Accenture PLC’s cybersecurity intelligence group has followed five Iranian built ransomware variations in the last two years. The hackers are hoping to secure payments in cryptocurrencies, according to Jim Guinn, who oversees the industrial cybersecurity business at Accenture.
Several clues link the ransomware to Iran. Samples include messages in Farsi that are connected to Iran based computers.
A recent Accenture report noted the ransomware could be driven by Iranian government supported parties, criminals, or both.
Ransomware has plagued both businesses and governments for years, having disabled payment systems at the San Francisco Municipal Transportation Agency, U.K hospitals and cargo shipments. Government supported hackers in some instances have obtained cryptocurrency payments from victims.
One variant of ransomware that iDefense discovered has been linked to Iran’s government, according to CrowdStrike Inc., another cybersecurity firm. The software, called Tyrant, was developed to discourage Iranian citizens from downloading software designed to discourage government snooping, CrowdStrike noted.
Palo Alto Networks Inc. and Symantec Corp. issued reports last month that described a pair of data stealing operations connected to Iran.
Crypto mining software, which robs computers of their processing power to mine cryptocurrencies, has also been linked to Iran.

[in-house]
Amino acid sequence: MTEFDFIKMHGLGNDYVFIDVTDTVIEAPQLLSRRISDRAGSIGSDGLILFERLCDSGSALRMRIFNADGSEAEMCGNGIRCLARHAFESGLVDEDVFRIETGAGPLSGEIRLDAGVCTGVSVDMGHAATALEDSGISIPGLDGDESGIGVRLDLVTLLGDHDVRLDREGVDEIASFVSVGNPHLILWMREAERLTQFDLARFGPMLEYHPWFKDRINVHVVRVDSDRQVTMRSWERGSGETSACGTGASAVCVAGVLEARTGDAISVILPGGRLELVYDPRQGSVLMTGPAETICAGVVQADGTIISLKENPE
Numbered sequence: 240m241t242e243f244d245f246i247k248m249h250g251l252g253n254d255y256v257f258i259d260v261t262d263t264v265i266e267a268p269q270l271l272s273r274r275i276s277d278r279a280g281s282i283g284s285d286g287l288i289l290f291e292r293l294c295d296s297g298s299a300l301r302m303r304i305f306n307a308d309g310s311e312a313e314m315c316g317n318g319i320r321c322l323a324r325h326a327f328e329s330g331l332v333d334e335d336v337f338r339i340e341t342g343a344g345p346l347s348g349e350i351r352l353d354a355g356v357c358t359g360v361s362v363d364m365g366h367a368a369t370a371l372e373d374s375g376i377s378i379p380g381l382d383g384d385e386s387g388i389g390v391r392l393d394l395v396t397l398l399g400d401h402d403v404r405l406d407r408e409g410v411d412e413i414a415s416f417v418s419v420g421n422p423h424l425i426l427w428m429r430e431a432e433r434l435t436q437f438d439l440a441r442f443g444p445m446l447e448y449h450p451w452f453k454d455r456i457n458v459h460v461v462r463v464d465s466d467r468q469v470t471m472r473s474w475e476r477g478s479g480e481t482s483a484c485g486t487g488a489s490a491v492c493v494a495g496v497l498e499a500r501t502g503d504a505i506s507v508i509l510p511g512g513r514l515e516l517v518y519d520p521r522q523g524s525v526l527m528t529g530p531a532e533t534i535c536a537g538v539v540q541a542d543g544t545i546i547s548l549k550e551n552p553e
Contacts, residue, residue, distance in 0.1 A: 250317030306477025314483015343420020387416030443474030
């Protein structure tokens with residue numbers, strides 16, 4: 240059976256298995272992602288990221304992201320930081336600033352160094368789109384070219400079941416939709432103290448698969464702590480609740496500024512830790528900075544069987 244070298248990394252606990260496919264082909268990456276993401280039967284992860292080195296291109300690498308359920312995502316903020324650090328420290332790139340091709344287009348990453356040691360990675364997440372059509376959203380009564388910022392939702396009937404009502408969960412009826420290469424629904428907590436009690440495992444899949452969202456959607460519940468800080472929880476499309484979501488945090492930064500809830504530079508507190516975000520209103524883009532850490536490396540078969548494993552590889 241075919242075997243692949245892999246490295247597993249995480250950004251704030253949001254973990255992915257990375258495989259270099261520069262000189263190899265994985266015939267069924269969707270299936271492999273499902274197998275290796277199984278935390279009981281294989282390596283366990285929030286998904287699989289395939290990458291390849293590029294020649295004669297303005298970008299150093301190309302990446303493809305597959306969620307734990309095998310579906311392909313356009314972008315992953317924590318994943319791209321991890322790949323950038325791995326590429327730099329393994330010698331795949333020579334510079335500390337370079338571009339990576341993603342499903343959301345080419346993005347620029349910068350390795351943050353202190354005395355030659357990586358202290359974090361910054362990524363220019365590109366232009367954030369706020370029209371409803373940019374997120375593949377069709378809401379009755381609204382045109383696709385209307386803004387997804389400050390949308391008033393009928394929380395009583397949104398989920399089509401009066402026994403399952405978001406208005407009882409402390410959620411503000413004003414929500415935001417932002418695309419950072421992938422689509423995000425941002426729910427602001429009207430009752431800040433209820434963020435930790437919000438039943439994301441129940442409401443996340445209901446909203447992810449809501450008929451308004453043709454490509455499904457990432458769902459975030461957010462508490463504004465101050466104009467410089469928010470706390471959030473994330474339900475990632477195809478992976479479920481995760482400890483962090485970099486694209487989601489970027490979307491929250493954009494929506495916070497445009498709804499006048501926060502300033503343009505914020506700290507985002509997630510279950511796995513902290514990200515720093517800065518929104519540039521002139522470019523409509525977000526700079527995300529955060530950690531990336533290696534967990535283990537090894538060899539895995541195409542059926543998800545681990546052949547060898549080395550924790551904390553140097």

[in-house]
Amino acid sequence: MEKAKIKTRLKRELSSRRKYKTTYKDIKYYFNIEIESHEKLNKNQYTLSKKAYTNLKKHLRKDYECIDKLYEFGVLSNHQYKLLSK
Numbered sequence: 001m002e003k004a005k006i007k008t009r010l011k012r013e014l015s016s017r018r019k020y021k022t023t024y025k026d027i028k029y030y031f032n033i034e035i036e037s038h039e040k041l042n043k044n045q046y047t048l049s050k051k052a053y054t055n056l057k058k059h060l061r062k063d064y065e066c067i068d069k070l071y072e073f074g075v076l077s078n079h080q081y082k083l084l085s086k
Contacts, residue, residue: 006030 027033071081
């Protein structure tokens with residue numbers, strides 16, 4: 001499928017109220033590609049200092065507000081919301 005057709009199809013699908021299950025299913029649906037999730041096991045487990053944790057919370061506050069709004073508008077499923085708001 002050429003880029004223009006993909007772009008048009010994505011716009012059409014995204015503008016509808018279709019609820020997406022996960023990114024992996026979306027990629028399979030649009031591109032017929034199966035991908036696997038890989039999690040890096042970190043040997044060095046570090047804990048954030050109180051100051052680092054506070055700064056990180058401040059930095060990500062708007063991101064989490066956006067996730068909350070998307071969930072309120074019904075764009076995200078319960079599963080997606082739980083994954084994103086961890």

Accenture cited crypto mining software installed on Middle Eastern customer networks equipped with digital clues to Iran.
Crypto mining software has created problems in gas and oil facilities in the Middle East, Guinn said. He estimated millions of dollars of compute cycles have been stolen in the last year.
Iran has claimed it has not been involved in cyber attacks, and that it has been a hacking victim.
A cyber attack called Stuxnet initiated by the U.S. and Israel about a decade ago disabled uranium-enrichment centrifuges for Iran’s nuclear program. Iran has since focused on enhancing its own cyber capabilities, according to government officials and security researchers.
Keith Alexander, chief executive of IronNet Cybersecurity Inc. and former director of the U.S. Cyber Command and the National Security Agency said crypto mining and theft is a way for cash-strapped countries to make fast profits.
Guinn said hackers have also stolen intellectual property.
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Last modified (UTC): August 8, 2018 09:45